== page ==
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Brain form reveals: Homo sapiens has a better sense of smell than Neanderthals
12 December 2011
An international team, including researchers from the University of Tübingen and the Senckenberg Gesellschaft für Naturforschung in Frankfurt used high end imaging techniques to reveal differences in the brain form that concern the sense of smell.
Two different human species, Neanderthals and modern humans, have independently evolved equally large brains. Although their brains are not distinguishable in terms of size, differences in brain shape might indicate differences in brain organization that may be linked to behavior and cognition.
An international collaborative study led by the Spanish Natural Science Museum with the cooperation of Prof. Dr. Katerina Harvati of the University Tübingen and the Senckenberg Center for Human Evolution and Palaeoecology was published today in Nature Communications (DOI 10.1038/ncomms1593). High-tech medical imaging techniques and 3D morphometrics were used to access internal structures of fossil human skulls and to quantify the shape of their brains as reflected in the form of the cranial base.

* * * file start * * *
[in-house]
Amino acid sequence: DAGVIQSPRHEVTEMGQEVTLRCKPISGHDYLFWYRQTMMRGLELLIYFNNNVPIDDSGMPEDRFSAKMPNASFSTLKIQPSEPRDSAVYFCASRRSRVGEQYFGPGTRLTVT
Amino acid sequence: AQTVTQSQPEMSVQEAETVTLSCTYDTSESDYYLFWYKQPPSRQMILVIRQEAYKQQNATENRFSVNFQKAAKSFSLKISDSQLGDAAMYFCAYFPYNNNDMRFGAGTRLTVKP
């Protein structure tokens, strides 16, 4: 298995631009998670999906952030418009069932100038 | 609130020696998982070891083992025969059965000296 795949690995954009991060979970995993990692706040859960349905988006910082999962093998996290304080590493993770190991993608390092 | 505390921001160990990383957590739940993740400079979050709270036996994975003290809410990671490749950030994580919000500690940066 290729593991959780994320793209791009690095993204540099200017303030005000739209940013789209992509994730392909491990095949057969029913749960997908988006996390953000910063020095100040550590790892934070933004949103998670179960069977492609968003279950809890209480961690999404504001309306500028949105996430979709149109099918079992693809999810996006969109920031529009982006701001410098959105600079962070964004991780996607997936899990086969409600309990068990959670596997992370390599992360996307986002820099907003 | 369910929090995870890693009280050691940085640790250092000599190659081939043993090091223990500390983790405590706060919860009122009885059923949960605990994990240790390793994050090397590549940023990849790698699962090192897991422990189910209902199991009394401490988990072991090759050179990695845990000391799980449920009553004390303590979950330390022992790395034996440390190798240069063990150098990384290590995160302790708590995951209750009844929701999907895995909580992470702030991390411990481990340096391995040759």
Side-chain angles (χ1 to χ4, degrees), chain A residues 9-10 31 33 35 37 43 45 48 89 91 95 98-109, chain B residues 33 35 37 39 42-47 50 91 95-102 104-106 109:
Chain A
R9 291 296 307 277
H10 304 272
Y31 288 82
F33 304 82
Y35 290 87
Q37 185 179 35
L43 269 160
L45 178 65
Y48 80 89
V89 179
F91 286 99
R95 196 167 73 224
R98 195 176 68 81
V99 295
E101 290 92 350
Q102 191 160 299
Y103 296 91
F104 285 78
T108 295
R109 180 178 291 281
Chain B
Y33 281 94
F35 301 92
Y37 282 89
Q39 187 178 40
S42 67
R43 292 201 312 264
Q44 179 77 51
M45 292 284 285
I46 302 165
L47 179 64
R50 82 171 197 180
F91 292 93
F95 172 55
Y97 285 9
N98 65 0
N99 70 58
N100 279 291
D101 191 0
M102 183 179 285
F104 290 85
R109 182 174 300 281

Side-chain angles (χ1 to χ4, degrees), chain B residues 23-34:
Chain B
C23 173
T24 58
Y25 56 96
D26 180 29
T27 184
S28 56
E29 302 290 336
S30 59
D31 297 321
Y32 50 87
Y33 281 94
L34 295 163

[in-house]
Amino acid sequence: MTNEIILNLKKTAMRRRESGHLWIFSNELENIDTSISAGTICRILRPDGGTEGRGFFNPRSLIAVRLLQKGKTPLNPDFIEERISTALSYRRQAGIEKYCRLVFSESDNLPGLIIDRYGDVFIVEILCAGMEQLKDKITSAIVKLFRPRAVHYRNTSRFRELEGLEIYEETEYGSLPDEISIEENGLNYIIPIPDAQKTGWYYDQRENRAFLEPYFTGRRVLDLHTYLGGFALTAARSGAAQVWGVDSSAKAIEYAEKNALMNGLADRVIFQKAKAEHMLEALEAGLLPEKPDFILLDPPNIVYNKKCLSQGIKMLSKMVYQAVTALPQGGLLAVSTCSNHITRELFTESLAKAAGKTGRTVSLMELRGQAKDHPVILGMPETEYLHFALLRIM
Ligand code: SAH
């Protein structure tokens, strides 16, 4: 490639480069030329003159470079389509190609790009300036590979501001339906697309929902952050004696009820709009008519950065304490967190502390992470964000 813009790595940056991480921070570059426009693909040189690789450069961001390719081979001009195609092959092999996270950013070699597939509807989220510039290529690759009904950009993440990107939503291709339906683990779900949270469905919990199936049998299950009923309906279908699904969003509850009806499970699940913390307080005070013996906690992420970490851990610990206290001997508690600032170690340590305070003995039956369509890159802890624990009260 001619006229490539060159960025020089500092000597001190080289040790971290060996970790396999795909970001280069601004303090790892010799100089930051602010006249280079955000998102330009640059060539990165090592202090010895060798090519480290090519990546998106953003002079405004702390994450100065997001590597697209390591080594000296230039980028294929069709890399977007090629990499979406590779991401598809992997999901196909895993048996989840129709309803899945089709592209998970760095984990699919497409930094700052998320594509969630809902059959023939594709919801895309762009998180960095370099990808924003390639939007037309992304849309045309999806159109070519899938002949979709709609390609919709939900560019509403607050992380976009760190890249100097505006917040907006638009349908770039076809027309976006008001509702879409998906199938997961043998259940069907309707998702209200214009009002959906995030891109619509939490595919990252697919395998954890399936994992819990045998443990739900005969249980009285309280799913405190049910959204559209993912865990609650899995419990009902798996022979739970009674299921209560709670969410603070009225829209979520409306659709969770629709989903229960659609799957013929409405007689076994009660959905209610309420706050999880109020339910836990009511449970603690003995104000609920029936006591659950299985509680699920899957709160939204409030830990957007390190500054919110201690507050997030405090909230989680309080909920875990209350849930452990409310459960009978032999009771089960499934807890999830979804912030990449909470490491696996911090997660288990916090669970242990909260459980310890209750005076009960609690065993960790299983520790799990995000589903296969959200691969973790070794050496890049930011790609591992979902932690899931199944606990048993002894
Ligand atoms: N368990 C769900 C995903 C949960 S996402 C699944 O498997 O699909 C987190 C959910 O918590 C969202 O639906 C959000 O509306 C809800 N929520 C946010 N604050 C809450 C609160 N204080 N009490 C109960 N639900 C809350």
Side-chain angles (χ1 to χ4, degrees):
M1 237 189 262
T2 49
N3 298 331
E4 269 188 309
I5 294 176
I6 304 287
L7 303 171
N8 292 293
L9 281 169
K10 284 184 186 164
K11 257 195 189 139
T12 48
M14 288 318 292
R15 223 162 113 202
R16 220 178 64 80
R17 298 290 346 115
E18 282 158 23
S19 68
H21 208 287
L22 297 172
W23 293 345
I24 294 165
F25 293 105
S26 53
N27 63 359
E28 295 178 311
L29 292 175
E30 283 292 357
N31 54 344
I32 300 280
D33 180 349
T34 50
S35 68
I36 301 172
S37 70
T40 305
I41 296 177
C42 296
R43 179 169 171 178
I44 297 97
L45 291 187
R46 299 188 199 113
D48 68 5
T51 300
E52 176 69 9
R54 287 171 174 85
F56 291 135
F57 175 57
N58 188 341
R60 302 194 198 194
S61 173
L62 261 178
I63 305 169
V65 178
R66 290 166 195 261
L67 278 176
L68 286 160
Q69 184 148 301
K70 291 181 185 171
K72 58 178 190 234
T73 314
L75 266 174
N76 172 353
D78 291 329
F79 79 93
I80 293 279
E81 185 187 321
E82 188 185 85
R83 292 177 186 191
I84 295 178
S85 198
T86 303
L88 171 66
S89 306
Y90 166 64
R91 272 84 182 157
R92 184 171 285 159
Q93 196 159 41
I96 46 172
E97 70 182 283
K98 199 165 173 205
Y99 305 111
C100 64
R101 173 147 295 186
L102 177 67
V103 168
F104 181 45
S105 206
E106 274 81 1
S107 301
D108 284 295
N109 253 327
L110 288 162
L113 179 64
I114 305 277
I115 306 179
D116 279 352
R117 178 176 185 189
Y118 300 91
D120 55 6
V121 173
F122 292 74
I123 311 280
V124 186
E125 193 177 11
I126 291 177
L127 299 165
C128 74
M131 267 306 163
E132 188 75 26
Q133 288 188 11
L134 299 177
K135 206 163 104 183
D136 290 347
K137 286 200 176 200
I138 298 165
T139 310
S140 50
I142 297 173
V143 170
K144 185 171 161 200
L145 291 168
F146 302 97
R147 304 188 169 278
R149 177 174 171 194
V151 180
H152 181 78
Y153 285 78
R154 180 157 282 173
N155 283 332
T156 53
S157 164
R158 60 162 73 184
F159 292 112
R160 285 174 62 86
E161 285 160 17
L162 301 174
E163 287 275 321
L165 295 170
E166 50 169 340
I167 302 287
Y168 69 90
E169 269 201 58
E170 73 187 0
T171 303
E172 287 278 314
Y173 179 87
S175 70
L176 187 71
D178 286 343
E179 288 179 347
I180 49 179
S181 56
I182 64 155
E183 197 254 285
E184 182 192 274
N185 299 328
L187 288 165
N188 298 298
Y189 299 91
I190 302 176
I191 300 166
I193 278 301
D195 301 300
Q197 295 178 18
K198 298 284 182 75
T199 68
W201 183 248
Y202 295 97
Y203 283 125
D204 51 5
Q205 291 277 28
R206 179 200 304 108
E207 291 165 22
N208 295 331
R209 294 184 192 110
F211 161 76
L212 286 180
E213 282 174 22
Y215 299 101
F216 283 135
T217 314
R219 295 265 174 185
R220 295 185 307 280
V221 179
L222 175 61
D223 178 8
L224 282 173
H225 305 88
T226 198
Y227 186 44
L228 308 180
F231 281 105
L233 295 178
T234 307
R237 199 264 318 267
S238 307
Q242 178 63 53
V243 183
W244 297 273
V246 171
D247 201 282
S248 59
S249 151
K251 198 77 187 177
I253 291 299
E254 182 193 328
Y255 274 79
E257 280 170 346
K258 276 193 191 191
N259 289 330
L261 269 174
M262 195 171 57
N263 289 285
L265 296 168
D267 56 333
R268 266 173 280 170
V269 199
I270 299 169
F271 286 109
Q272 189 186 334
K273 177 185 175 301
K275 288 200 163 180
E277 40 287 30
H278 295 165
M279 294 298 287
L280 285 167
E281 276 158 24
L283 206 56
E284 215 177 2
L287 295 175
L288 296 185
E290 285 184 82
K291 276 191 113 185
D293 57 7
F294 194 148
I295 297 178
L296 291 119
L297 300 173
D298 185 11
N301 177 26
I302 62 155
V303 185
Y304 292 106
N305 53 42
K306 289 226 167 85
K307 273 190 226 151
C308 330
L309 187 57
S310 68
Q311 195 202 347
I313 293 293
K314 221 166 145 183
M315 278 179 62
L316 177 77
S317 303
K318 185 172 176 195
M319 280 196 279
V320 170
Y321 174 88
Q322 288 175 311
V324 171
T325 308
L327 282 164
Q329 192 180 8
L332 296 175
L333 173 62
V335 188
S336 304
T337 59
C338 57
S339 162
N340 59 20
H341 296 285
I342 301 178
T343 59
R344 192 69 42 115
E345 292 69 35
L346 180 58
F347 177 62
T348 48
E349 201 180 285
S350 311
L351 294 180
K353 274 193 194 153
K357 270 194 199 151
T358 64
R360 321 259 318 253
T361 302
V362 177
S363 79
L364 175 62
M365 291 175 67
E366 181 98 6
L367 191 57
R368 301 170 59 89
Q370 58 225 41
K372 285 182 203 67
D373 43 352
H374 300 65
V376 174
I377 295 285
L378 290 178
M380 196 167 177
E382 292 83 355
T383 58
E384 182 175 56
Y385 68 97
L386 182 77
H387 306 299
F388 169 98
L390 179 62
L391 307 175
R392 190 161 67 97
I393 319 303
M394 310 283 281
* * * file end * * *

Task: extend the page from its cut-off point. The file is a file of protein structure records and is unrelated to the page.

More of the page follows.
This study revealed that the temporal lobes, involved in language, memory and social functions, as well as the olfactory bulbs, involved in the sense of smell, are relatively larger in H. sapiens than in Neanderthals. The authors note that ‘The brain structures which receive olfactory input are approximately 12% larger in H. sapiens than in Neanderthals.’ These findings may have important implications for olfactory capacity and human behavior.
Olfaction is among the oldest senses in vertebrates. While other senses must pass through different cortical filters, olfaction goes from the environment directly to the highest centers of the brain. It goes to regions responsible for the processing of emotions, motivation, fear, memory, pleasure and also sexual attraction.
“The sense of smell is directly linked to memories to an extent that no other sense is. This explains why smells immediately incite strong emotions concerning past events and also strong feelings about people” explains Prof. Katerina Harvati, one of the study’s investigators.
The relatively larger olfactory bulbs and temporal lobes in Homo sapiens compared to any other human species may point towards an improved sense of smell, possibly related to the evolution of social functions, such as kin recognition, enhanced family relations, group-cohesion and social learning.
“Although traditionally olfaction in primates and humans has been considered a less important sense, our study re-evaluates its potential significance for human evolution, and particularly for the social evolution of our own species, Homo sapiens” state the authors.
The image shows the base of the brain in modern humans as transformed from the average brain of early Homo. Foto: 3D Morphometrics Lab, Paleoanthropology Group, Museo Nacional de Ciencias Naturales, CSIC